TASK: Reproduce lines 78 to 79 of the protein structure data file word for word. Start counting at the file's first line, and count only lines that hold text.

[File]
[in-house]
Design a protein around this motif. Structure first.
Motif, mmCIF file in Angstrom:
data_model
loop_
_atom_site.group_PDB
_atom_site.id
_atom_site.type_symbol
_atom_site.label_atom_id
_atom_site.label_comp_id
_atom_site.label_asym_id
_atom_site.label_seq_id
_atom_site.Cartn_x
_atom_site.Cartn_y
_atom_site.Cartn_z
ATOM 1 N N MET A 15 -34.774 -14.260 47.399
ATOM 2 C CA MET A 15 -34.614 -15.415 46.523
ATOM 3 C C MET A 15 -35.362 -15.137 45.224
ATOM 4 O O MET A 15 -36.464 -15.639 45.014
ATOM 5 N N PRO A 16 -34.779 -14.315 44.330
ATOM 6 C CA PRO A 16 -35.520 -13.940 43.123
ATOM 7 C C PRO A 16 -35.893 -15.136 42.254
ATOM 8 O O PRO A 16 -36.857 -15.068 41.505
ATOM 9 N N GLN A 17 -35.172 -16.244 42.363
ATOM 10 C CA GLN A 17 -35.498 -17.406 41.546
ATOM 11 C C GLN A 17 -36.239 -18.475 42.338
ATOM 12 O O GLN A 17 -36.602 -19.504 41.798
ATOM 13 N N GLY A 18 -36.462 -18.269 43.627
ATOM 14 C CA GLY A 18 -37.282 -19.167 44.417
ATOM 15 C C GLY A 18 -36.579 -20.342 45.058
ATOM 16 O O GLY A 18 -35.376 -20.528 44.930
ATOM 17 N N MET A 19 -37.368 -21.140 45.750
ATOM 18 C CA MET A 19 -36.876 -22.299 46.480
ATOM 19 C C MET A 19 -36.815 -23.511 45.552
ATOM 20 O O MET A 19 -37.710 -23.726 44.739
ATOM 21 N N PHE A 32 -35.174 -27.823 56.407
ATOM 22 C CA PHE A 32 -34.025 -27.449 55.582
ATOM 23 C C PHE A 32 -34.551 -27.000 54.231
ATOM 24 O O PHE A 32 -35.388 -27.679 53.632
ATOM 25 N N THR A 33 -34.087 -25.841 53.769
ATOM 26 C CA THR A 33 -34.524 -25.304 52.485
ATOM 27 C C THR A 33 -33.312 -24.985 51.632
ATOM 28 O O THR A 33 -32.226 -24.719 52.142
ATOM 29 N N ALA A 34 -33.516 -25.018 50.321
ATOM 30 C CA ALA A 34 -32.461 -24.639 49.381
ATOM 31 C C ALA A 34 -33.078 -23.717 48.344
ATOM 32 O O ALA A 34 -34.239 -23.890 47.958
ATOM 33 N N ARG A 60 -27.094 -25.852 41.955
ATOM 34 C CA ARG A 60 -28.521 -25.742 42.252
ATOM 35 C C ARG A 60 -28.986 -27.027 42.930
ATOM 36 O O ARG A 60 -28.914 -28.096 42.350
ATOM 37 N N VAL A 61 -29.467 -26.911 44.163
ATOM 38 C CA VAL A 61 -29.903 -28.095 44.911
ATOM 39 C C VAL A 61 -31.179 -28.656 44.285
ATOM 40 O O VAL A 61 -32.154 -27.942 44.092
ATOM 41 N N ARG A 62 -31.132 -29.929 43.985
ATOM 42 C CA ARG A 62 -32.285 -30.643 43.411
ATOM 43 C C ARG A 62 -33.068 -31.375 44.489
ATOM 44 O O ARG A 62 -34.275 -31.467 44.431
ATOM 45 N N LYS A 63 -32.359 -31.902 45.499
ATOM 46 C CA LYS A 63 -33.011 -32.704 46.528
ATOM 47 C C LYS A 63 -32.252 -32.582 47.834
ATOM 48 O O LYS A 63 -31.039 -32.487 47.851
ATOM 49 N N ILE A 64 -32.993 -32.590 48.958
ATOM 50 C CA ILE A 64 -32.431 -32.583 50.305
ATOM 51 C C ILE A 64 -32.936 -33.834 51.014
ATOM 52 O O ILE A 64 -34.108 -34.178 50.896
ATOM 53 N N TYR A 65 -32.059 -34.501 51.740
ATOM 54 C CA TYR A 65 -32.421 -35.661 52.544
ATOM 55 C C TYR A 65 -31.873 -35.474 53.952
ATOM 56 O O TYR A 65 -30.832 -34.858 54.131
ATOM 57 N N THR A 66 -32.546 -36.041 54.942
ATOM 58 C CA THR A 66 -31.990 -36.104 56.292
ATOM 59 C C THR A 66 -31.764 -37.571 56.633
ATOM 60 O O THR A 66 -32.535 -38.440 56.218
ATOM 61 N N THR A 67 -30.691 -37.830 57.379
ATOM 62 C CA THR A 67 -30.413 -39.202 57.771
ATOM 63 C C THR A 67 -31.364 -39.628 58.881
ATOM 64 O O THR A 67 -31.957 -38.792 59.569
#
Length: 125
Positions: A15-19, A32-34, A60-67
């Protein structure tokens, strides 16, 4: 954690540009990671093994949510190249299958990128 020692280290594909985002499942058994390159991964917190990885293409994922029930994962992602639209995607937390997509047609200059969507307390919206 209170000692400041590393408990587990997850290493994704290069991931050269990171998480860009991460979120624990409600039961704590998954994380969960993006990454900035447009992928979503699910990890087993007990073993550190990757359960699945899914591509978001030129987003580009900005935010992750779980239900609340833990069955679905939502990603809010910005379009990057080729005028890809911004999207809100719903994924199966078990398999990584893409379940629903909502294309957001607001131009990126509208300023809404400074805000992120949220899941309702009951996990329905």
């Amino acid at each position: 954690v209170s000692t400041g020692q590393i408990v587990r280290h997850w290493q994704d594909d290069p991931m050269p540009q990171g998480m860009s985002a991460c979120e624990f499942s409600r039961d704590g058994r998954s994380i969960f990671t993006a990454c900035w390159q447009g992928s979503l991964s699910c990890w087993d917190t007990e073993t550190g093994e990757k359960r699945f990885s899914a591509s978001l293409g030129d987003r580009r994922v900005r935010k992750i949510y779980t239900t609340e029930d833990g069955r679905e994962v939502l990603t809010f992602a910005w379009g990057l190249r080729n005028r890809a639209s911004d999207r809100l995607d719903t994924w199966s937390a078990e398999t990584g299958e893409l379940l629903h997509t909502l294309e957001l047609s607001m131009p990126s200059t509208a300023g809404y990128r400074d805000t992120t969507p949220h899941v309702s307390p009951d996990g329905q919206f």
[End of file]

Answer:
ATOM 63 C C THR A 67 -31.364 -39.628 58.881
ATOM 64 O O THR A 67 -31.957 -38.792 59.569